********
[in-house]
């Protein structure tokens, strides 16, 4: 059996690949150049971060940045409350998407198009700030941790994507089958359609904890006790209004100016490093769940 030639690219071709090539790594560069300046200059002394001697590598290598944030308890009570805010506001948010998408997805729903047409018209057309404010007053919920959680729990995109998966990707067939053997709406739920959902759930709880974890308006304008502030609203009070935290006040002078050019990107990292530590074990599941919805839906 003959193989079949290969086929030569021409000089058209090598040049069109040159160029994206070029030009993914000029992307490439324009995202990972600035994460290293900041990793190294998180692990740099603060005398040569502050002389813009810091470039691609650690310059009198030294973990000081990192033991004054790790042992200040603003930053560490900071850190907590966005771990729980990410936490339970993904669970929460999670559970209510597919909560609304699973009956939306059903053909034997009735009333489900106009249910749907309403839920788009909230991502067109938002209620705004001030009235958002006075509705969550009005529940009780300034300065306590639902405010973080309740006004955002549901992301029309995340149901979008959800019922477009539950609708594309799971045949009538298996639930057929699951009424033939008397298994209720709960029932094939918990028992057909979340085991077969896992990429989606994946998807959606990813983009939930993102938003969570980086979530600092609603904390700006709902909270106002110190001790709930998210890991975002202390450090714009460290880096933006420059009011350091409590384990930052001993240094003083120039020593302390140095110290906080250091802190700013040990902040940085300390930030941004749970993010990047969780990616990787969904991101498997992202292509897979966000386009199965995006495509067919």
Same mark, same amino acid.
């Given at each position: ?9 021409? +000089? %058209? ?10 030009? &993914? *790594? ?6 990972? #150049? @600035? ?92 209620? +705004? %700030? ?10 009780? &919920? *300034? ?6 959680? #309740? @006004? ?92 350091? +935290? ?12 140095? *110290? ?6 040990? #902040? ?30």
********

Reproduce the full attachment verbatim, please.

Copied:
[in-house]
């Protein structure tokens, strides 16, 4: 059996690949150049971060940045409350998407198009700030941790994507089958359609904890006790209004100016490093769940 030639690219071709090539790594560069300046200059002394001697590598290598944030308890009570805010506001948010998408997805729903047409018209057309404010007053919920959680729990995109998966990707067939053997709406739920959902759930709880974890308006304008502030609203009070935290006040002078050019990107990292530590074990599941919805839906 003959193989079949290969086929030569021409000089058209090598040049069109040159160029994206070029030009993914000029992307490439324009995202990972600035994460290293900041990793190294998180692990740099603060005398040569502050002389813009810091470039691609650690310059009198030294973990000081990192033991004054790790042992200040603003930053560490900071850190907590966005771990729980990410936490339970993904669970929460999670559970209510597919909560609304699973009956939306059903053909034997009735009333489900106009249910749907309403839920788009909230991502067109938002209620705004001030009235958002006075509705969550009005529940009780300034300065306590639902405010973080309740006004955002549901992301029309995340149901979008959800019922477009539950609708594309799971045949009538298996639930057929699951009424033939008397298994209720709960029932094939918990028992057909979340085991077969896992990429989606994946998807959606990813983009939930993102938003969570980086979530600092609603904390700006709902909270106002110190001790709930998210890991975002202390450090714009460290880096933006420059009011350091409590384990930052001993240094003083120039020593302390140095110290906080250091802190700013040990902040940085300390930030941004749970993010990047969780990616990787969904991101498997992202292509897979966000386009199965995006495509067919």
Same mark, same amino acid.
């Given at each position: ?9 021409? +000089? %058209? ?10 030009? &993914? *790594? ?6 990972? #150049? @600035? ?92 209620? +705004? %700030? ?10 009780? &919920? *300034? ?6 959680? #309740? @006004? ?92 350091? +935290? ?12 140095? *110290? ?6 040990? #902040? ?30």